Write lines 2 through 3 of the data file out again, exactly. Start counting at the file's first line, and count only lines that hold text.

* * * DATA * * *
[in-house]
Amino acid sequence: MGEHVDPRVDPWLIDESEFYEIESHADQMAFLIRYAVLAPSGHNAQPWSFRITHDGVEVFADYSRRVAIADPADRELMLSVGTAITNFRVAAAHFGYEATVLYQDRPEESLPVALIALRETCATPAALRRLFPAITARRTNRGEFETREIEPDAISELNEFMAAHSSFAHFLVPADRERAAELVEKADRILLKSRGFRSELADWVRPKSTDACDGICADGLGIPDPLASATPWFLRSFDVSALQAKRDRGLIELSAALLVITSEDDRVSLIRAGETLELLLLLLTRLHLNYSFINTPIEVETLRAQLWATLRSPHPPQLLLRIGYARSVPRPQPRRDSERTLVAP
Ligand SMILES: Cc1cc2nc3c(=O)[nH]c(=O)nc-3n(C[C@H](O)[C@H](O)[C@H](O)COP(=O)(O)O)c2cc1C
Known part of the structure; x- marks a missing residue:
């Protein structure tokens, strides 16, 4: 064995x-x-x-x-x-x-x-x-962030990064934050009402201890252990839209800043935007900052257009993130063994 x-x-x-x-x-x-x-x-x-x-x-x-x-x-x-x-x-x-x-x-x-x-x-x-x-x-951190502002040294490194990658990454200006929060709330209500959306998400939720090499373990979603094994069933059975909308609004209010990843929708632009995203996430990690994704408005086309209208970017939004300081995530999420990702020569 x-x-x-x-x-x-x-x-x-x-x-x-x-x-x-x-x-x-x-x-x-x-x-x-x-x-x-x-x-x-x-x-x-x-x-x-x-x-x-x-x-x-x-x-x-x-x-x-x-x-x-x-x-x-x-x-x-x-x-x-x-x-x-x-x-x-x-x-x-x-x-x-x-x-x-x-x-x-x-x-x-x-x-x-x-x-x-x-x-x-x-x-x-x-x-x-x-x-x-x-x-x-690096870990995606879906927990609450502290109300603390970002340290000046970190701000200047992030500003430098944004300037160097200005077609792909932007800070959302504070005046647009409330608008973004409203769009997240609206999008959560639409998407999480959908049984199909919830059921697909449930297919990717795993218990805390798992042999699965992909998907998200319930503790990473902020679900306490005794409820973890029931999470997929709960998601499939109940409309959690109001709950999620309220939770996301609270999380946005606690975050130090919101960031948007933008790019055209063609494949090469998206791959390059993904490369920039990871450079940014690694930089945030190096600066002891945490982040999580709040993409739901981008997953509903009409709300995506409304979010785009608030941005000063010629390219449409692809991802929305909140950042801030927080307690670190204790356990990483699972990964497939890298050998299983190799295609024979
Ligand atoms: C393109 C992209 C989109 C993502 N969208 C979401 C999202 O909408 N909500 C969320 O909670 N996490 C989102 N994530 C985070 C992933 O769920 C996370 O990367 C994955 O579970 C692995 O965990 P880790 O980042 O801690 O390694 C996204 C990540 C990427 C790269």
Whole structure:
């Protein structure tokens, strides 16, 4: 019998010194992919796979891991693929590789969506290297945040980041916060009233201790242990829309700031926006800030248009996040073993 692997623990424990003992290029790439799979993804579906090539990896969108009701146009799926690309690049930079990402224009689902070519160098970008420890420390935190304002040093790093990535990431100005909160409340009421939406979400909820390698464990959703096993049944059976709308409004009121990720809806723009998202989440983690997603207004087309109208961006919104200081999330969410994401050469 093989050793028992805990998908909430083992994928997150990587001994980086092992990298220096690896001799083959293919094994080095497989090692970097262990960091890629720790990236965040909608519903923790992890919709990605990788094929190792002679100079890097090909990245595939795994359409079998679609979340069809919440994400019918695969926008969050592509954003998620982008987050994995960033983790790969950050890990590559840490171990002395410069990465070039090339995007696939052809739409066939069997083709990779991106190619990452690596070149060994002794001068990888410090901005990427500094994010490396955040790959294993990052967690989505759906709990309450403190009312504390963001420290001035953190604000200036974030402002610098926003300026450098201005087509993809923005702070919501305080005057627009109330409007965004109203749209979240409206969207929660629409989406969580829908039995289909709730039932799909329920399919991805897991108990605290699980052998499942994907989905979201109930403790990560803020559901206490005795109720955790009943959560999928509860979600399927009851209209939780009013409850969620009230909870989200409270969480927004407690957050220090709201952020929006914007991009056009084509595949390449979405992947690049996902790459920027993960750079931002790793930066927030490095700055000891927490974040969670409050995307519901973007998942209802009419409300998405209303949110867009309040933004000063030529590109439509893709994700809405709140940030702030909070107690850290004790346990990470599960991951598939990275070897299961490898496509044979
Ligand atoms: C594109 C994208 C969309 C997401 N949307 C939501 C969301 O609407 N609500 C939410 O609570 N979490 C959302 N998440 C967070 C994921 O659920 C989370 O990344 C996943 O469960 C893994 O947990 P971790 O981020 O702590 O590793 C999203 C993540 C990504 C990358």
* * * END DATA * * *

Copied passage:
Amino acid sequence: MGEHVDPRVDPWLIDESEFYEIESHADQMAFLIRYAVLAPSGHNAQPWSFRITHDGVEVFADYSRRVAIADPADRELMLSVGTAITNFRVAAAHFGYEATVLYQDRPEESLPVALIALRETCATPAALRRLFPAITARRTNRGEFETREIEPDAISELNEFMAAHSSFAHFLVPADRERAAELVEKADRILLKSRGFRSELADWVRPKSTDACDGICADGLGIPDPLASATPWFLRSFDVSALQAKRDRGLIELSAALLVITSEDDRVSLIRAGETLELLLLLLTRLHLNYSFINTPIEVETLRAQLWATLRSPHPPQLLLRIGYARSVPRPQPRRDSERTLVAP
Ligand SMILES: Cc1cc2nc3c(=O)[nH]c(=O)nc-3n(C[C@H](O)[C@H](O)[C@H](O)COP(=O)(O)O)c2cc1C